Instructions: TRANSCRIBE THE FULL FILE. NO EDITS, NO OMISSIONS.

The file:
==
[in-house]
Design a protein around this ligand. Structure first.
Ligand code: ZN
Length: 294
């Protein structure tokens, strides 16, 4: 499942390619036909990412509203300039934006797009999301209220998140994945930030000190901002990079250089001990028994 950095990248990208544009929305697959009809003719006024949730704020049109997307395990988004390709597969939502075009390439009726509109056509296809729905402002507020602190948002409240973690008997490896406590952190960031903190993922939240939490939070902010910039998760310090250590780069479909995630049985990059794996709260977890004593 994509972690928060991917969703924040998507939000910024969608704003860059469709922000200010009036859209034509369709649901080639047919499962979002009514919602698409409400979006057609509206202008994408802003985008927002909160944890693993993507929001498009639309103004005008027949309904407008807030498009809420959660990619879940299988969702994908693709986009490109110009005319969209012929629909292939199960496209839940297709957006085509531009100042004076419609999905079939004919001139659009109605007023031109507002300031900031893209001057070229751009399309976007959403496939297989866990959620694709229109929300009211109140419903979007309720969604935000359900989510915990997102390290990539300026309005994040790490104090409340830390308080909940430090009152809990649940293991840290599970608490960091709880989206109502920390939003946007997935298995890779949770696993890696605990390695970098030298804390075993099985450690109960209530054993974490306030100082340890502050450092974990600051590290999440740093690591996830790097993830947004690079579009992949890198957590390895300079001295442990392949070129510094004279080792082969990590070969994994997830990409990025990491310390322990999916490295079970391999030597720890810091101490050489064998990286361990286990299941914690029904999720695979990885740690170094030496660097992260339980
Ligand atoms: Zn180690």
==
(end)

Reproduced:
[in-house]
Design a protein around this ligand. Structure first.
Ligand code: ZN
Length: 294
């Protein structure tokens, strides 16, 4: 499942390619036909990412509203300039934006797009999301209220998140994945930030000190901002990079250089001990028994 950095990248990208544009929305697959009809003719006024949730704020049109997307395990988004390709597969939502075009390439009726509109056509296809729905402002507020602190948002409240973690008997490896406590952190960031903190993922939240939490939070902010910039998760310090250590780069479909995630049985990059794996709260977890004593 994509972690928060991917969703924040998507939000910024969608704003860059469709922000200010009036859209034509369709649901080639047919499962979002009514919602698409409400979006057609509206202008994408802003985008927002909160944890693993993507929001498009639309103004005008027949309904407008807030498009809420959660990619879940299988969702994908693709986009490109110009005319969209012929629909292939199960496209839940297709957006085509531009100042004076419609999905079939004919001139659009109605007023031109507002300031900031893209001057070229751009399309976007959403496939297989866990959620694709229109929300009211109140419903979007309720969604935000359900989510915990997102390290990539300026309005994040790490104090409340830390308080909940430090009152809990649940293991840290599970608490960091709880989206109502920390939003946007997935298995890779949770696993890696605990390695970098030298804390075993099985450690109960209530054993974490306030100082340890502050450092974990600051590290999440740093690591996830790097993830947004690079579009992949890198957590390895300079001295442990392949070129510094004279080792082969990590070969994994997830990409990025990491310390322990999916490295079970391999030597720890810091101490050489064998990286361990286990299941914690029904999720695979990885740690170094030496660097992260339980
Ligand atoms: Zn180690």